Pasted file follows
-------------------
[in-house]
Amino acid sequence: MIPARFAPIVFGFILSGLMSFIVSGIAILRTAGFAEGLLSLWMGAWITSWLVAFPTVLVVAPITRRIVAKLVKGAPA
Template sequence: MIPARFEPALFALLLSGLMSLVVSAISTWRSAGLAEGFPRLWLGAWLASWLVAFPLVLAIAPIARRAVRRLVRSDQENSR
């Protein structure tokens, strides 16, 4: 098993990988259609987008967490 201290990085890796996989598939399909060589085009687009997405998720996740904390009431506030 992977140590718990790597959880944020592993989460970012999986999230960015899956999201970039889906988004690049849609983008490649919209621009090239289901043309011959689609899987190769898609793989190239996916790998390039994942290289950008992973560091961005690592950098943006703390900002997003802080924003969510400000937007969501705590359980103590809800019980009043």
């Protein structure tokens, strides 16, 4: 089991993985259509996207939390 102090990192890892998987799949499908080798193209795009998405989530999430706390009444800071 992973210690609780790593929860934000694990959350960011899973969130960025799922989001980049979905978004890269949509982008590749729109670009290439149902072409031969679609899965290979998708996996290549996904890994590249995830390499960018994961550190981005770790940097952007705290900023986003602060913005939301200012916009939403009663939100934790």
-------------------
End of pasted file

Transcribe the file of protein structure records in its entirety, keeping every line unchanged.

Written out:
[in-house]
Amino acid sequence: MIPARFAPIVFGFILSGLMSFIVSGIAILRTAGFAEGLLSLWMGAWITSWLVAFPTVLVVAPITRRIVAKLVKGAPA
Template sequence: MIPARFEPALFALLLSGLMSLVVSAISTWRSAGLAEGFPRLWLGAWLASWLVAFPLVLAIAPIARRAVRRLVRSDQENSR
């Protein structure tokens, strides 16, 4: 098993990988259609987008967490 201290990085890796996989598939399909060589085009687009997405998720996740904390009431506030 992977140590718990790597959880944020592993989460970012999986999230960015899956999201970039889906988004690049849609983008490649919209621009090239289901043309011959689609899987190769898609793989190239996916790998390039994942290289950008992973560091961005690592950098943006703390900002997003802080924003969510400000937007969501705590359980103590809800019980009043």
């Protein structure tokens, strides 16, 4: 089991993985259509996207939390 102090990192890892998987799949499908080798193209795009998405989530999430706390009444800071 992973210690609780790593929860934000694990959350960011899973969130960025799922989001980049979905978004890269949509982008590749729109670009290439149902072409031969679609899965290979998708996996290549996904890994590249995830390499960018994961550190981005770790940097952007705290900023986003602060913005939301200012916009939403009663939100934790």